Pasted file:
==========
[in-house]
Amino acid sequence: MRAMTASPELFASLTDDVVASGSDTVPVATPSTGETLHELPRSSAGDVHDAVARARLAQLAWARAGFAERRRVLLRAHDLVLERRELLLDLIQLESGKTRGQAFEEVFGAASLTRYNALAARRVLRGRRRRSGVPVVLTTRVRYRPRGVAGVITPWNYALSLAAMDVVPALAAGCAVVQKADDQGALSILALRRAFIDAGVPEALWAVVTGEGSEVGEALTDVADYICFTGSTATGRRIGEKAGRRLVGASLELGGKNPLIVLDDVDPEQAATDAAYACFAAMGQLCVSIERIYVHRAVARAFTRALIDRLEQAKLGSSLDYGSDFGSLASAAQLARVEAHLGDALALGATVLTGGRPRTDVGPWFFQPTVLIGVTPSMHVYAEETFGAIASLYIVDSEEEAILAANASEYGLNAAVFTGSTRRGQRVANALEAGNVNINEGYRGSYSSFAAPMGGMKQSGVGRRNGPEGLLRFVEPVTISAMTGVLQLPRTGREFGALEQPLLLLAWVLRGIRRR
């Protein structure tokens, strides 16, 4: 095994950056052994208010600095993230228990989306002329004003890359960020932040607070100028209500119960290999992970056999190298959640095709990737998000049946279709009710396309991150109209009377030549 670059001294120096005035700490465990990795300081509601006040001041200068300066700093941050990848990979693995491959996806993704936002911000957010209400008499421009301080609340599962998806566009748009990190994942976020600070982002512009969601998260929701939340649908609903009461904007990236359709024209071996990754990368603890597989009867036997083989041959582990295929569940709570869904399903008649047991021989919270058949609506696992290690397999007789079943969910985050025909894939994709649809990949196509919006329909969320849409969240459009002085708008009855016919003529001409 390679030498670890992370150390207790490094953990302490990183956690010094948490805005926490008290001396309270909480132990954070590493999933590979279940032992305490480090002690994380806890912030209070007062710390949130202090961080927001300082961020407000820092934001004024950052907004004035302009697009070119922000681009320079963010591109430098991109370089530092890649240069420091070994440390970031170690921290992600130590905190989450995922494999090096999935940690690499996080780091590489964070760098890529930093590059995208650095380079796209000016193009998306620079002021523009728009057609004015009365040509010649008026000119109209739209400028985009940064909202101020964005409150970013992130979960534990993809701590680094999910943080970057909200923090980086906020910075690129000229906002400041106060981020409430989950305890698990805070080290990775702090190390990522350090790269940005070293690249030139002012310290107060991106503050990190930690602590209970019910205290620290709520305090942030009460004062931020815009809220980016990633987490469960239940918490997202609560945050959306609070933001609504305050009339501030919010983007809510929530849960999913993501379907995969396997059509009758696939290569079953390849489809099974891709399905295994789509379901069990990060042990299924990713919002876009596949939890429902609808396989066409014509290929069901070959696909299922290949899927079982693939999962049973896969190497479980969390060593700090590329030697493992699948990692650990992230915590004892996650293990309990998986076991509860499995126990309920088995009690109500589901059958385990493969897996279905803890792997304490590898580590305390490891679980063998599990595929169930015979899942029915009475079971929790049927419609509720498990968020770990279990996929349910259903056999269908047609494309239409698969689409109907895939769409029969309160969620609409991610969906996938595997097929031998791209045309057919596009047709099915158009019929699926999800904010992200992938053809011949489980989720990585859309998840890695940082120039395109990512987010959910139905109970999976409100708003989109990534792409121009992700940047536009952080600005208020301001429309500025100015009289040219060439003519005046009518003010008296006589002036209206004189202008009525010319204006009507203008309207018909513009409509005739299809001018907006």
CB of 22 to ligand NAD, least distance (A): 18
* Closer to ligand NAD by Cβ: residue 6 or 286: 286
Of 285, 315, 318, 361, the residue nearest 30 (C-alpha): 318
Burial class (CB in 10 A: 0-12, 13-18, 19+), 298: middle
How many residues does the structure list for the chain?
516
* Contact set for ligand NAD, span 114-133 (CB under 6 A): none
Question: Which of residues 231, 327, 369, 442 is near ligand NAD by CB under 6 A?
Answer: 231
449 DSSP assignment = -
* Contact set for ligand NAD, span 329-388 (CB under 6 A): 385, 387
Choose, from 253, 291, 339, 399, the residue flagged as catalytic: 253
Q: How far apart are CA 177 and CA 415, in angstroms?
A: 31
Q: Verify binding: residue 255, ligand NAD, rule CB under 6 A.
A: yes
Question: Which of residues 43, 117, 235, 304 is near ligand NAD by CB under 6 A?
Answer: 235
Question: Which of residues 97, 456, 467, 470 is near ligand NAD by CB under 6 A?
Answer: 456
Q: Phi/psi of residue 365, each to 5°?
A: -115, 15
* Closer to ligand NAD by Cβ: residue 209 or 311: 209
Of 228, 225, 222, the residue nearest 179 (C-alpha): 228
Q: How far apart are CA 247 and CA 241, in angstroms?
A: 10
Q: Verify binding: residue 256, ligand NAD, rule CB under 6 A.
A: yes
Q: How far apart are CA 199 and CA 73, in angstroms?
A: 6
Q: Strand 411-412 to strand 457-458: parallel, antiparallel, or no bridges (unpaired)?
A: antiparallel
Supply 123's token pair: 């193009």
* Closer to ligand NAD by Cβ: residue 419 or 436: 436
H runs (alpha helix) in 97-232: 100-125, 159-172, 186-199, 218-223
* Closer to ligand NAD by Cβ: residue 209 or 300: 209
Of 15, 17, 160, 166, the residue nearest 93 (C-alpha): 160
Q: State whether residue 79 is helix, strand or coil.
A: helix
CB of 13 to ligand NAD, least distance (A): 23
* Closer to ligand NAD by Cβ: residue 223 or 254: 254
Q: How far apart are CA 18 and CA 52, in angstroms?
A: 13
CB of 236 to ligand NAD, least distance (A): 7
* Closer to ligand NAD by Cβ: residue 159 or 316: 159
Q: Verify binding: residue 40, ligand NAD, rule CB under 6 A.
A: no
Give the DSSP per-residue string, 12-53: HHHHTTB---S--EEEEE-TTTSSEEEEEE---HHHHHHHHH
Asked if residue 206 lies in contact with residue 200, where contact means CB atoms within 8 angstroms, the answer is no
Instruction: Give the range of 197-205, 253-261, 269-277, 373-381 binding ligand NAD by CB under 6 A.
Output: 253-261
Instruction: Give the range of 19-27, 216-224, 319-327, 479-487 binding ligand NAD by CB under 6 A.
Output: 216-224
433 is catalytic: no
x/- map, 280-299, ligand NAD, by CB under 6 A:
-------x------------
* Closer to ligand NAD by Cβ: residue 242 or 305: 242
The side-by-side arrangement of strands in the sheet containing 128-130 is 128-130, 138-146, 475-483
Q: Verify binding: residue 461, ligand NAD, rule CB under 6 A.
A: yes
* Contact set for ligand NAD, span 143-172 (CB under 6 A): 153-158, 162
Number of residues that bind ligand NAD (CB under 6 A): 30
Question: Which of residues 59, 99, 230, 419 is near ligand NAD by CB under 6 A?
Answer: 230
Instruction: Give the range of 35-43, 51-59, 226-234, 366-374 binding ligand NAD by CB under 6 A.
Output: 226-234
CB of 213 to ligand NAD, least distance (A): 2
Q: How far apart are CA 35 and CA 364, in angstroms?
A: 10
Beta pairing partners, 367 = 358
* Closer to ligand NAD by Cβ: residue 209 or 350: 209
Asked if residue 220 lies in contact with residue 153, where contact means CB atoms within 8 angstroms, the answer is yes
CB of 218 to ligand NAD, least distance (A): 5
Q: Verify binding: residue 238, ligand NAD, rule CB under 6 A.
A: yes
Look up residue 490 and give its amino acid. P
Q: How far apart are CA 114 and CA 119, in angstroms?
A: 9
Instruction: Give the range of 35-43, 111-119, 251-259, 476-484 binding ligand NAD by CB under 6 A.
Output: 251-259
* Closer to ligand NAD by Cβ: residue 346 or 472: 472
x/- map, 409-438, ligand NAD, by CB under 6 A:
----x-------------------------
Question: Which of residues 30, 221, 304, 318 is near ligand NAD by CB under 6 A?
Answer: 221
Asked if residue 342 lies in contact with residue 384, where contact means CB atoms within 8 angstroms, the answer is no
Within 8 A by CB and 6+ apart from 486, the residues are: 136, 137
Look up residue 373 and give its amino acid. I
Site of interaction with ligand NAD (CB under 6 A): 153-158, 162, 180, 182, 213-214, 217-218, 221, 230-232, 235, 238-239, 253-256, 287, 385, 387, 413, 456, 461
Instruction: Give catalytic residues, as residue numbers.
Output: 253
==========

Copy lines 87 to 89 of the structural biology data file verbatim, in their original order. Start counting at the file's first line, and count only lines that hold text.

Question: Which of residues 30, 221, 304, 318 is near ligand NAD by CB under 6 A?
Answer: 221
Asked if residue 342 lies in contact with residue 384, where contact means CB atoms within 8 angstroms, the answer is no